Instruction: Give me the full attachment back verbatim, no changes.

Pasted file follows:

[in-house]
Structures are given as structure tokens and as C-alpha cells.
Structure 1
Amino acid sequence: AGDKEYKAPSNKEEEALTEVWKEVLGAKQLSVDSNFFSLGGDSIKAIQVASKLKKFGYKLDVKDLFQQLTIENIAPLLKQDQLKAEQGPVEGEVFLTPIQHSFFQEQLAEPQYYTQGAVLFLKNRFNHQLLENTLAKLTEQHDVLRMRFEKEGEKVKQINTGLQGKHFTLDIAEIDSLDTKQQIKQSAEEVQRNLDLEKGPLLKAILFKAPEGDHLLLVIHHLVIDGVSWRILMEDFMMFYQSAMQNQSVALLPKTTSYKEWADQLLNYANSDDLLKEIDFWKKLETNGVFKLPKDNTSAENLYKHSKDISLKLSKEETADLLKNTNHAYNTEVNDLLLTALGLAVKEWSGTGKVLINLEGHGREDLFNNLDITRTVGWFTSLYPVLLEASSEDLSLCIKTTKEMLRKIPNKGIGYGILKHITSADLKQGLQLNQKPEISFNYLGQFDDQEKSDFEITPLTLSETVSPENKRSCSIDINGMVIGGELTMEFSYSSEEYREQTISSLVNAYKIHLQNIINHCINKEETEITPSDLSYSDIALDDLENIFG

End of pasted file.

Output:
[in-house]
Structures are given as structure tokens and as C-alpha cells.
Structure 1
Amino acid sequence: AGDKEYKAPSNKEEEALTEVWKEVLGAKQLSVDSNFFSLGGDSIKAIQVASKLKKFGYKLDVKDLFQQLTIENIAPLLKQDQLKAEQGPVEGEVFLTPIQHSFFQEQLAEPQYYTQGAVLFLKNRFNHQLLENTLAKLTEQHDVLRMRFEKEGEKVKQINTGLQGKHFTLDIAEIDSLDTKQQIKQSAEEVQRNLDLEKGPLLKAILFKAPEGDHLLLVIHHLVIDGVSWRILMEDFMMFYQSAMQNQSVALLPKTTSYKEWADQLLNYANSDDLLKEIDFWKKLETNGVFKLPKDNTSAENLYKHSKDISLKLSKEETADLLKNTNHAYNTEVNDLLLTALGLAVKEWSGTGKVLINLEGHGREDLFNNLDITRTVGWFTSLYPVLLEASSEDLSLCIKTTKEMLRKIPNKGIGYGILKHITSADLKQGLQLNQKPEISFNYLGQFDDQEKSDFEITPLTLSETVSPENKRSCSIDINGMVIGGELTMEFSYSSEEYREQTISSLVNAYKIHLQNIINHCINKEETEITPSDLSYSDIALDDLENIFG